Pewter Casting

Crispin Sexi (Jaysen Ollerenshaw), September 2006.

Over the past few years I have become interested in obtaining various small metal pieces for SCA use; buckles for shoes, bosses and clasps for books and mounts for belts. I've tried looking for the right thing in leather, hardware and art stores, but often I can't even get close to the medieval item I'm looking for, let alone an exact replica of a 14th Century belt-mount.

One of the common metals that such things were made from is pewter. I've heard people talking about pewter casting, and how 'easy' it is, but my natural instinct is to fear molten metal, so I have not been game to try it for myself.

This year at Canterbury Faire I attended a class on pewter casting run by Sir Sebastion von dem Schwartwald, who showed how to produce a soapstone mould in 2 or 3 pieces, what equipment one needs to cast pewter, and what precautions one needs to take to be safe. He then proceeded to cast several of the event tokens that we'd received on entry to Canterbury Faire.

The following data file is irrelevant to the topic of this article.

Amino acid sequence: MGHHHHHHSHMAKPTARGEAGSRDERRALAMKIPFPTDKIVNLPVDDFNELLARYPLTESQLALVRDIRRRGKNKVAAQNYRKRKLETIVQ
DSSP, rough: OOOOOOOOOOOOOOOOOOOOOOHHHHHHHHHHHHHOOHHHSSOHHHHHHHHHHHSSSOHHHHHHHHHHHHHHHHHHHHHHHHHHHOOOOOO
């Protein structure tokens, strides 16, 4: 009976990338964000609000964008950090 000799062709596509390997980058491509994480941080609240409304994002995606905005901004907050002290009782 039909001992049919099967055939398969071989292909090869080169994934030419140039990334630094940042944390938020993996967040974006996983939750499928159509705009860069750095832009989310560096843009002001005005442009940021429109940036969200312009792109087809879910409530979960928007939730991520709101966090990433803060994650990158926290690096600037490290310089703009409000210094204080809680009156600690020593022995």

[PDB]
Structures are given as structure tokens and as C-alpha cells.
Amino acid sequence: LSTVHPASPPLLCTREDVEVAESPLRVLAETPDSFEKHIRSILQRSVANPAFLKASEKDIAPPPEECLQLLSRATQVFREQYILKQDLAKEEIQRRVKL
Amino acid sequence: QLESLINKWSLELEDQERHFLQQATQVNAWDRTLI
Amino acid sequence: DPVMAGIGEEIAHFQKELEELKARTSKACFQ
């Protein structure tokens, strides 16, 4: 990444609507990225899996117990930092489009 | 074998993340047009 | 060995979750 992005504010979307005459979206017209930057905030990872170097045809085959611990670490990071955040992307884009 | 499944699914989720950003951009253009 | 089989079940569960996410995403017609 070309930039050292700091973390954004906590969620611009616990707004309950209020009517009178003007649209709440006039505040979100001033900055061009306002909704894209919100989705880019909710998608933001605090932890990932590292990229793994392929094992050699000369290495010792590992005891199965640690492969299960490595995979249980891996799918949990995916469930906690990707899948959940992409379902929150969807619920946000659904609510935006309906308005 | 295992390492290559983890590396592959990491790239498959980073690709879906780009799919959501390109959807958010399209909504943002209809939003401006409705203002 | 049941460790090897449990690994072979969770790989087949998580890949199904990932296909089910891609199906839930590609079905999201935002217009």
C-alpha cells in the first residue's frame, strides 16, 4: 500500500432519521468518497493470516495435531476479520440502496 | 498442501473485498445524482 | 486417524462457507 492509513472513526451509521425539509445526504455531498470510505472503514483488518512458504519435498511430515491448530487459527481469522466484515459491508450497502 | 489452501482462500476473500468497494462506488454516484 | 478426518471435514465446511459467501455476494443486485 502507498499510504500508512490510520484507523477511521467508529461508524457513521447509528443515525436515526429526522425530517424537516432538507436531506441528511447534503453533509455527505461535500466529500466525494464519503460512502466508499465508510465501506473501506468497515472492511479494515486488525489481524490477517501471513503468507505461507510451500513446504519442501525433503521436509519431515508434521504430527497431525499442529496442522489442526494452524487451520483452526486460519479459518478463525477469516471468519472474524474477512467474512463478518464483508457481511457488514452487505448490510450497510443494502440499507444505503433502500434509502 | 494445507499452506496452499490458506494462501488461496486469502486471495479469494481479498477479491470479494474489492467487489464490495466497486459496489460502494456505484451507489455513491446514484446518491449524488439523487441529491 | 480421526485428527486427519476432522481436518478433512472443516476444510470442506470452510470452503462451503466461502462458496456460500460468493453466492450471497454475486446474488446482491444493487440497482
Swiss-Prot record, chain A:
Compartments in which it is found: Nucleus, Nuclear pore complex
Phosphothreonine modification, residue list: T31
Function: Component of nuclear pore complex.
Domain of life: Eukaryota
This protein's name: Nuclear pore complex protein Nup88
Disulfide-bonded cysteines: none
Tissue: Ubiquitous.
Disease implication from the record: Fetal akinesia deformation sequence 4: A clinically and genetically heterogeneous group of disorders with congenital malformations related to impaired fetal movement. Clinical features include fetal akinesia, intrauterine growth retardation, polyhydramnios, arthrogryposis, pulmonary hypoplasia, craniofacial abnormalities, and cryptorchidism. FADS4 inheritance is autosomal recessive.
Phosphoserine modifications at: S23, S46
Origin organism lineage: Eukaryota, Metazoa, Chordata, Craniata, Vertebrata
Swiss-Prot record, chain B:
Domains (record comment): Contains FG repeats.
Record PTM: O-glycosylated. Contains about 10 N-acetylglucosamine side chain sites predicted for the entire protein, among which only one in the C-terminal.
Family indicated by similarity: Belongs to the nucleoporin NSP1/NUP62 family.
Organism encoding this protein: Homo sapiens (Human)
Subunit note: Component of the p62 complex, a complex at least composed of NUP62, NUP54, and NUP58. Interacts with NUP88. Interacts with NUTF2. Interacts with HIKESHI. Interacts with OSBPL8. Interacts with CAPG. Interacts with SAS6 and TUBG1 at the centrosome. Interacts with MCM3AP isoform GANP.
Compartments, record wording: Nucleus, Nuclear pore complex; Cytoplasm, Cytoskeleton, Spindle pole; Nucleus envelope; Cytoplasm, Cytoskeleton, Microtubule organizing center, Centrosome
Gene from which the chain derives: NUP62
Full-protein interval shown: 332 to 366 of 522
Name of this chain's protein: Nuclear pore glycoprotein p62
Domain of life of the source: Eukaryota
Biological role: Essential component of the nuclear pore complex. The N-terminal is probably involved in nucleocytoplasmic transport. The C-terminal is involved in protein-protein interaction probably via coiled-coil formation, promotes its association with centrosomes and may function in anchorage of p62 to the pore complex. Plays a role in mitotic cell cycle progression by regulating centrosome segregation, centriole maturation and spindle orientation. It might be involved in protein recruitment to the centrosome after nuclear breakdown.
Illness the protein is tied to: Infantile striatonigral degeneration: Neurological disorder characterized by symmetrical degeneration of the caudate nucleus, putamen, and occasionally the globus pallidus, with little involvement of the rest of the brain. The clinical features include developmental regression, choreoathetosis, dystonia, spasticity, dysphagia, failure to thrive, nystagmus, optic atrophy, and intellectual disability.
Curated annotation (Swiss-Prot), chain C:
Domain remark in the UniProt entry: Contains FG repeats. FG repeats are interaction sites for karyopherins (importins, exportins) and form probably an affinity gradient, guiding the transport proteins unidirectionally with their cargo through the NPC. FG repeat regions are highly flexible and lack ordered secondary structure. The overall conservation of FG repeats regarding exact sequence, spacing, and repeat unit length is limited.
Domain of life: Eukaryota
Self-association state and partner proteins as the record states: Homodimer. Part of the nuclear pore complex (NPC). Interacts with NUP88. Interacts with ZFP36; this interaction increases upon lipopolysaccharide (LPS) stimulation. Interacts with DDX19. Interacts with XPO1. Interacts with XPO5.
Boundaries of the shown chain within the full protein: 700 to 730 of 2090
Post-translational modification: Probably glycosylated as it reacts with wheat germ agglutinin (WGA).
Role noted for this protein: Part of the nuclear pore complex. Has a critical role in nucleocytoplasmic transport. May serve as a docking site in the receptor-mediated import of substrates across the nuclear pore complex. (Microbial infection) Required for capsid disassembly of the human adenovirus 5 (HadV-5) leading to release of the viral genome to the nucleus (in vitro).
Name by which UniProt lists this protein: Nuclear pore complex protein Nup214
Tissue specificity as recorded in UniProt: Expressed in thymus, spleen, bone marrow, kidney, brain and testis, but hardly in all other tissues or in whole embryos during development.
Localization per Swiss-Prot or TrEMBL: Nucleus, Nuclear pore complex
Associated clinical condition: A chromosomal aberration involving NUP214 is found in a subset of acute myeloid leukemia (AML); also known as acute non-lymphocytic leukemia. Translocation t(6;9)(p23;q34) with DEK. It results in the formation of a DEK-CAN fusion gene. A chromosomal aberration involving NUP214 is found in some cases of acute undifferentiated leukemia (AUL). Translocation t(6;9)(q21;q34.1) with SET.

It was actually quite easy.

And nobody was injured.

I retured home with a few sample trinkets, and over the new few months collected together the necessary items to do pewter casting for myself. There are websites around the place that will tell you what you need to know about casting, but I recommend you talk to people who are experienced before trying it yourself.


Molten pewter is very hot.

Molten pewter turns water into steam with explosive force.

Older style pewter has lead in it, which kills babies, ship captains and Romans. Use modern lead-free pewter.

Soapstone dust is bad for your lungs.

Propane torches produce carbon monoxide, which will kill you if you work in a poorly ventilated area.

Talk to a person who's done pewter casting about the risks involved and how to do it safely before you try it yourself.



Fig 1: Various equipment.


My first project was a complete flop, so we shall never speak of it again. But the rest of them I'll add here as I get to them.

Copyright Jaysen Ollerenshaw 2006. Free use for non-profit.

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